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Over 50s driving retest

In recent months, following accidents where older drivers were involved, there have been calls for people over 70 to resit their driving test.


It’s a contentious issue with some compelling arguments on both sides. 



Those who are backing the retest argue that the human cost of unfit driving is considerable, and that people who are unable to drive safely should be prevented from taking the wheel. A number of emotive stories in the media have reported the consequences where an elderly driver has caused a fatal accident. More than 100,000 British people have signed a petition to bring in an additional driving test at age 70.**

But the alternative view is that this would have an unfair impact upon the vast majority of safe older drivers. Accident data suggests that despite the perception that people drive more dangerously in older age, drivers under the age of 20 still have more fatal accidents than drivers over 75.*** So the argument is that the focus should be on young drivers rather than older ones.

The Department for Transport said in 2013 that there is no evidence older drivers are more likely to cause an accident, and that it had no plans to restrict licensing based on age. It reported that age alone is not a reliable indicator of a person's fitness to drive.

No matter what your own personal view is on this subject, there are certain requirements for drivers after their 70th birthday.


Driving over 70

Once you reach 70 you need to renew your driving licence, and then do so again every three years. All it involves is completing a form to self-certify that you're OK to continue driving. There's no additional driving test or any formal checks that need to be done, although DVLA might contact you if they have any queries.

If you've developed any medical conditions you'll need to advise your insurer and DVLA. Failing to do that could get you a fine and penalty points on your licence.

Make sure you understand whether the condition means there’s anything to be aware of when it comes to driving. There could be implications linked either to the condition or as a result of side effects from your medication. Seek your doctor's advice.

Steps to keep you on the road

There are plenty of things you can do to help make sure you can continue to drive as long as possible. These include:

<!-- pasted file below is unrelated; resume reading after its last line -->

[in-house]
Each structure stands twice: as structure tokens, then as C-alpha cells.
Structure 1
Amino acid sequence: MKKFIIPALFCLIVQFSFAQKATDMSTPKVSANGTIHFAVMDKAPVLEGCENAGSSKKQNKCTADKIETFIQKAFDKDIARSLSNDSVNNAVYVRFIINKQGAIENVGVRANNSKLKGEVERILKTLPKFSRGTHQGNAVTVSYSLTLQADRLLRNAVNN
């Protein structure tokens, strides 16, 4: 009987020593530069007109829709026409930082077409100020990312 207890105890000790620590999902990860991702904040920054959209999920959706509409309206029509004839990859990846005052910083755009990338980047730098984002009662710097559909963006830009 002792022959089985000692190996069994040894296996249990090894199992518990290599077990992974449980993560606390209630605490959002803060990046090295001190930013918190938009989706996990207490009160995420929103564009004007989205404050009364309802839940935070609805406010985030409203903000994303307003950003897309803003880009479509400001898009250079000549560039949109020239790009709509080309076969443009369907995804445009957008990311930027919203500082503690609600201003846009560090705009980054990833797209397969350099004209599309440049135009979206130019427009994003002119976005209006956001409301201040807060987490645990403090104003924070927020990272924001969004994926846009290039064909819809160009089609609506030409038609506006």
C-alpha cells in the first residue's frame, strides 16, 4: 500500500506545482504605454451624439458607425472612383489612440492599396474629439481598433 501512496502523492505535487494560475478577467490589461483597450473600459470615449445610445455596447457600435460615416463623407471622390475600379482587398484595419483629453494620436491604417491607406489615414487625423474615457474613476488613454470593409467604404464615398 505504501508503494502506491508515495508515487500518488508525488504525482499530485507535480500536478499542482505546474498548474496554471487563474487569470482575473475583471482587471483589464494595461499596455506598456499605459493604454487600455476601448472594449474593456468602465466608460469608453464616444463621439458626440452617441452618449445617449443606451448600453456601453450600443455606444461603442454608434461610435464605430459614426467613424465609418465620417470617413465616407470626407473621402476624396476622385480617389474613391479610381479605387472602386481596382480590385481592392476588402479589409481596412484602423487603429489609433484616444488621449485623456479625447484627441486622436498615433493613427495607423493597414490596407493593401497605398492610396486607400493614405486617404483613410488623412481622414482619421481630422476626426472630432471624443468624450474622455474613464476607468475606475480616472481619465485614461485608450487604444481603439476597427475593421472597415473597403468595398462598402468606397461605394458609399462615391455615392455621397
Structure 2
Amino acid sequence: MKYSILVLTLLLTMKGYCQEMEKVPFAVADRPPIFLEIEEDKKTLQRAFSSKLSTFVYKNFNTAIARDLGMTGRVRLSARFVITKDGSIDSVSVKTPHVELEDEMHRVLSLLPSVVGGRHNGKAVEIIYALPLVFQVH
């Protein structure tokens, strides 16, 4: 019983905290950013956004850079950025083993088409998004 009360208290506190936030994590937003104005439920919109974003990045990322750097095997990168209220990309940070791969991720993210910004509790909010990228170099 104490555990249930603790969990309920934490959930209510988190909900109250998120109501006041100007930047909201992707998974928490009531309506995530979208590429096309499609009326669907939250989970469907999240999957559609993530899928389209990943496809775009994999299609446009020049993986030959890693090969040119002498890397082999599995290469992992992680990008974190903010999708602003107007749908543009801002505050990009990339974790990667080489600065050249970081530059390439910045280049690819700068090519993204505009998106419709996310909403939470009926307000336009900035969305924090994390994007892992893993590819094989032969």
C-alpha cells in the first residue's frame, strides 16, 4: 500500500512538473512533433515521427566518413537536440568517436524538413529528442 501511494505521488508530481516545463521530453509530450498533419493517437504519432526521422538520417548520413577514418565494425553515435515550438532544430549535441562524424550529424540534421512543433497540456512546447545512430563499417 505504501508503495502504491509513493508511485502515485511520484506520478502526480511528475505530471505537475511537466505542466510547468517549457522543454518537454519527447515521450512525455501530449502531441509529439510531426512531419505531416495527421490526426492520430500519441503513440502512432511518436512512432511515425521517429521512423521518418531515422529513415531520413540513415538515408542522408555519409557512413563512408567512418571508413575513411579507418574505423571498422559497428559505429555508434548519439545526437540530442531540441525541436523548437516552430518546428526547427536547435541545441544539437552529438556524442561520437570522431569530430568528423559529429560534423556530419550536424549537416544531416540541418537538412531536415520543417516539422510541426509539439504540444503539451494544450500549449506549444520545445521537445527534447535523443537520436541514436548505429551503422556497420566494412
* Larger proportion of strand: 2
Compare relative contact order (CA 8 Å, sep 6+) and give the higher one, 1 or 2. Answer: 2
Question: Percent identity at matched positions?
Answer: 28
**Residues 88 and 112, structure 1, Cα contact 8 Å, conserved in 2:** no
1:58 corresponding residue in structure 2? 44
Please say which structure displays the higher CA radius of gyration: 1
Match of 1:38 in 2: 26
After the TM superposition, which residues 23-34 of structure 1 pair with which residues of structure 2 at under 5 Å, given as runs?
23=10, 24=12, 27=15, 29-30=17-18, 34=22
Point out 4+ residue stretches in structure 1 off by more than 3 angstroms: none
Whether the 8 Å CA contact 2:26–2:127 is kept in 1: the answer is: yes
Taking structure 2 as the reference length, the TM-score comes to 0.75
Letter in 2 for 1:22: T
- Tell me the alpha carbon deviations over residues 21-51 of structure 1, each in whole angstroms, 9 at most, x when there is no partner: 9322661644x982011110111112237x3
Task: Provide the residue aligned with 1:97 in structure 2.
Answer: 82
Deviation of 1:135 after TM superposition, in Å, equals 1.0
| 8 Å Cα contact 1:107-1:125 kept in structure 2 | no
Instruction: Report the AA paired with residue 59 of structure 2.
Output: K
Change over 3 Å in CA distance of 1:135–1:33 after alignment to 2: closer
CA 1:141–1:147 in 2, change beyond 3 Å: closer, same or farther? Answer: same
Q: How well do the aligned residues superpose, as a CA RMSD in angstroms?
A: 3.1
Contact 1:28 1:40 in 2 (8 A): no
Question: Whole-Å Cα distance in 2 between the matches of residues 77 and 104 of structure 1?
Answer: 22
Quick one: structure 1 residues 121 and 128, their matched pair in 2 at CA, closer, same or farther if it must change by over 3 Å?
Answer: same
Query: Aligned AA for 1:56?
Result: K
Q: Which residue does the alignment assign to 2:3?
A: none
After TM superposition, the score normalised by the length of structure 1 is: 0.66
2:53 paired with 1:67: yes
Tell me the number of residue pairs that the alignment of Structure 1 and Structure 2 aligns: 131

Regular eye tests

It's illegal to drive if you can't read a registration plate that is 20 metres away. This is often easy to remedy with glasses. Regular eye checks will not only make sure you can always see but can detect the early onset of any eye conditions.

Take a driver assessment

RoSPA (Royal Society for the Prevention of Accidents) conduct Experienced Driver Assessment courses and car tests.  If you want some peace of mind that your driving is still up to scratch they can help. They'll look at your driving skills and, if there are any bad habits lurking, they'll help you address them.

Get a car that suits your needs

You may find buying a new car with features like parking assist or built in sat nav make driving easier or less stressful. Buying an automatic, or a smaller, more manoeuvrable model may suit your needs better.

If anything changes with your health or mobility, you could improve your car’s functionality to suit your needs. Organisations like RICA can help you in adapting your car if you need a bit of extra support. 

eye test

Deciding when it's time to stop driving

The most important thing to consider is your own safety and that of people around you. There are many medical conditions which could mean you're not safe to drive.

If you're finding your vision is failing considerably, your reactions are slowing, or you're just finding driving stressful then it may be time to stop. You can always seek advice from your GP.  There’s also information on the www.gov.uk website.

In the UK, drivers aged 70 must re-apply for their licence and self-certify that they’re safe to drive. This must then be done every three years.

RoSPA do not believe there should be a mandatory age to stop driving. Research suggests there’s no specific age at which people are unable to drive safely.


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